The battle rages on.
No, I’m not talking about Iraq or Afghanistan.
Fox News is reporting one battle for religious freedom taking place on the doorstep of the nation’s capital. In Washington, DC the parents of a 12-year old boy are fighting the hospital’s efforts to remove him from life support after doctors declared him dead on Tuesday.
In the District of Columbia, the law provides for hospitals to declare death when there is no brain activity. The hospital is awaiting a ruling from the DC Superior Court to procede with its plan to disconnect the boy’s ventilator and discontinue the medical treatment that is keeping his heart beating.
But the parents, who are Orthodox Jews, argue that the hospital’s determination to remove life support infringes upon their freedom to exercise their religion. Their attorney Jeffrey Zuckerman, spoke to the Washington Post:
Under Jewish law and their faith, there is no such thing as brain death. Their religious beliefs are entitled to respect.
However, according to Sofia Smith, one of the boy’s physicians,
“This child has ceased to exist by every medical definition,” adding that she and her staff members are “distraught at what is providing futile care to the earthly remains of a former life.”
Once again we find the conflict over what, or who, defines life.
Once again, the scientific medical community uses its definition to attempt to force people with faith-based views of life and death to accept its judgment and subsequent rationale for providing or witholding medical services.
This doctor is “distraught”? The truth is that she is more concerned about her own feelings and the feelings of her staff as they continue to provide care to “a child [who] has ceased to exist…to the earthly remains of a former life.”
Outrageous. Highly insensitive. But not surprising.
After all, an unborn child has become merely a “byproduct of conception” until it is capable of surviving on its own outside its mother’s womb.
And now medical doctors are beginning to extend that definition to those who need life support…especially if those patients are never going to be like they once were…especially if they are going to need that support until they take their last breath.
According to the doctor, this child has “ceased to exist.”
But the parents would disagree, arguing that they are required by their faith to provide care for their child until his life has ended.
And by their definition, it’s not over.
Nonetheless, the doctor wants to exercise her choice to withhold care because she is uncomfortable about providing such “futile” treatment because it will not result in restoring the child to “life” by her definition.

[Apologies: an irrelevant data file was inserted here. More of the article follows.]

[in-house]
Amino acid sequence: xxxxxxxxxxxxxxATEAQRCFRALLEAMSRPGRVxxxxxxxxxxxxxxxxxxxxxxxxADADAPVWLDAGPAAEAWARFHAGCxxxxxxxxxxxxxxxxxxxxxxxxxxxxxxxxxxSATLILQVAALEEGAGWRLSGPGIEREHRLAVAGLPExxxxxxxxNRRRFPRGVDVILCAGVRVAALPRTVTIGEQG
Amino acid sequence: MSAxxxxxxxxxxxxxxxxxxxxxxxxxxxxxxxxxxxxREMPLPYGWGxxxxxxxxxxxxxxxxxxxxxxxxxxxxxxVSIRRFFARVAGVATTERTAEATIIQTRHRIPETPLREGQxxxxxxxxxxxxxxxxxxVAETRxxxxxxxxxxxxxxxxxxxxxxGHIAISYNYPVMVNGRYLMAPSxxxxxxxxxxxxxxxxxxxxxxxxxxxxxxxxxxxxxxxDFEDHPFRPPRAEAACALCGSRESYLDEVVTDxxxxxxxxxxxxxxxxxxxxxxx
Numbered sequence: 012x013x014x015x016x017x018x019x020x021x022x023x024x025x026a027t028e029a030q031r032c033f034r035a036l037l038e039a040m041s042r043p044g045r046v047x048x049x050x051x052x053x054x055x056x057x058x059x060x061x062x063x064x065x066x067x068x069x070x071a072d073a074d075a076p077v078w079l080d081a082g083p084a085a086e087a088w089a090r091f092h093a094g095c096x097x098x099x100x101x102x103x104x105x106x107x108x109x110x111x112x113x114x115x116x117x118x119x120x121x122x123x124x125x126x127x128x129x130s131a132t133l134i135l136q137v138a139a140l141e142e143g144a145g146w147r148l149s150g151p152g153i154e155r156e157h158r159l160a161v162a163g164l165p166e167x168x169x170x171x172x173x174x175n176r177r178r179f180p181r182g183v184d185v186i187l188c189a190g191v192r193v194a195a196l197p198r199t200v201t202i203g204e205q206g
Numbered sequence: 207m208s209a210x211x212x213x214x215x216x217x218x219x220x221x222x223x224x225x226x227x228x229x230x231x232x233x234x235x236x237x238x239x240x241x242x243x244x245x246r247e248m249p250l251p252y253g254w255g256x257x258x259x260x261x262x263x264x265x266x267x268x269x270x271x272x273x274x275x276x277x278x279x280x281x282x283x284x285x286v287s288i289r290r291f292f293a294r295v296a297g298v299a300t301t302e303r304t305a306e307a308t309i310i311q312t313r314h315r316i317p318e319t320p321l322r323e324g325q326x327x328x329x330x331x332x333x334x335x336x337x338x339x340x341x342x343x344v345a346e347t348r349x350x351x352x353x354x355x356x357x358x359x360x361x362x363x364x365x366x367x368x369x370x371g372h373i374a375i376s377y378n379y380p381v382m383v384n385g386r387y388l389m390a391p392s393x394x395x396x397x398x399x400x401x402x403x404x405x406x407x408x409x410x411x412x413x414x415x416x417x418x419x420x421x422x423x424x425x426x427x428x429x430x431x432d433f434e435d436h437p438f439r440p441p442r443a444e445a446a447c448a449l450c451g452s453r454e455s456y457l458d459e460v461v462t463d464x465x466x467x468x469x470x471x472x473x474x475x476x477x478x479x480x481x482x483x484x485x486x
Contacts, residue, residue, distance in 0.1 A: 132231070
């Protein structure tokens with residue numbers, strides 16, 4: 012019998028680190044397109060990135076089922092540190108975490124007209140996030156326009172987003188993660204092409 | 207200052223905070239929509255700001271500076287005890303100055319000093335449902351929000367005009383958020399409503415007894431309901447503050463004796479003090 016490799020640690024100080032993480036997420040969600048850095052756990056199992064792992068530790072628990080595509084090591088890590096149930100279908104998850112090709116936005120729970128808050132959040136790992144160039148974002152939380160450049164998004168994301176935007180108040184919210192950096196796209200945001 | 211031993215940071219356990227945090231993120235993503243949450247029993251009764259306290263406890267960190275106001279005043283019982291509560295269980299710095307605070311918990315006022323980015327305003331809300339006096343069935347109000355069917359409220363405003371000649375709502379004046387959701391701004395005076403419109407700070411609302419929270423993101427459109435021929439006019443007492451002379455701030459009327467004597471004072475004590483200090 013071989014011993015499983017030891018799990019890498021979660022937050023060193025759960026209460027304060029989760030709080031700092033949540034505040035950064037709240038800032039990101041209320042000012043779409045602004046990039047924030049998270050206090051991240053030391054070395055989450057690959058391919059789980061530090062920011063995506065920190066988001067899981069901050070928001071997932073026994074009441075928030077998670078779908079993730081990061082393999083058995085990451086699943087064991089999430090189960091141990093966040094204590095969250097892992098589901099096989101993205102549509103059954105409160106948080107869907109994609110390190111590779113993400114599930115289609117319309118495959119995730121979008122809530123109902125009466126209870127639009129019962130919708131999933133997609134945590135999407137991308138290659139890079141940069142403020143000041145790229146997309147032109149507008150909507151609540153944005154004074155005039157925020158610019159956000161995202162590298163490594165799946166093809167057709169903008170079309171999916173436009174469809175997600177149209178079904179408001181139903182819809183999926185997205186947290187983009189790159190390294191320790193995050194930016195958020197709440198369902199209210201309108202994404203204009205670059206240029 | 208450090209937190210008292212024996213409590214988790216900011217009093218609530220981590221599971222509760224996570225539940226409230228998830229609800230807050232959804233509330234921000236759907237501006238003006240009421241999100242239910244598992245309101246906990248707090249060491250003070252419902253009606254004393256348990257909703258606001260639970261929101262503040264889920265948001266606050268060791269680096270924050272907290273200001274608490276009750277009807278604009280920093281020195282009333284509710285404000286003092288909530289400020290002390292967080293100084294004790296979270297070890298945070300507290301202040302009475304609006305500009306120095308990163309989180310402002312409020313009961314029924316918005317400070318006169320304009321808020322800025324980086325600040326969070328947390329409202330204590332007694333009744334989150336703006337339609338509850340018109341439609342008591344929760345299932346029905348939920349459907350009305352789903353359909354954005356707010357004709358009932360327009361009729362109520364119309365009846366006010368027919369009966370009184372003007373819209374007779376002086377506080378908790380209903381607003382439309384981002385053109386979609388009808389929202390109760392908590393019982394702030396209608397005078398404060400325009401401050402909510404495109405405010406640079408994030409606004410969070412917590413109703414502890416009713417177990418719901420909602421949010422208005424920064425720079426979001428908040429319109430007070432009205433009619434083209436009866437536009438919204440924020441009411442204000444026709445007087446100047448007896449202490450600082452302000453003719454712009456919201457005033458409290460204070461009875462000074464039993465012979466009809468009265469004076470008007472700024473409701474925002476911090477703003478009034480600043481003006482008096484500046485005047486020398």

So who gets to make this choice? The doctor…or the people who loved and cared for this child for his entire existence?
We should all fear the answer to this question. We should all fear becoming ill or dependent on anyone who has the power to define for us what life is… or isn’t.
We should all fear that someone is going to pin the “earthly remains” or “former life” label on us should we ever become incapable of speaking or communicating.
And we have so much to lose if they do, both individually and corporately.
They will use euphemisms like “earthly remains”, “byproducts of conception” and “choice” to shield themselves from selfish decisions that infringe on other’s rights. And they will decide who lives…and who dies…based, as in this case, on the seeming futility of providing medical care for someone incapable of responding in a scientifically “appropriate” way.
And this is the real danger for all of us. Because if we allow only science to create the definition of what life is, then by default, it can create the definition of what life isn’t.
The Nazis did.
And The Holocaust continues to haunt us.
Because with science, the definitions always change. What we know is always eclipsed by what we don’t know. And the more we learn, the less we find we truly understand.
In short, scientific definitions evolve. They can change with new discoveries.
And they often do. Technology continues to develop. Who can say what we will know ten, twenty, fifty years from now that will enable us to reach beyond the seeming lack of brain activity to find evidence of life that we cannot discern today despite our great scientific advancements?
Today’s medical definition of life relies upon technology that becomes rapidly obsolete.
But faith does not.
A spiritual definition of life provides hope and a sense of purpose, even when all appears to be lost…or dead. And constant, unwavering faith practiced, even in the shadow of death, provides comfort and meaning to those who are grieving.
And let’s not forget, miracles do, sometimes, occur.
And when they do, they are often the result of prayer and faith. But you won’t find those definitions in a medical dictionary.
However, you will find them both, in practice, on the battlefield. And this is a battle to be sure.
Losing the right to practice faith in death may well result in losing the right to practice it in life.
But if that occurs, faith will not be the only casualty of science.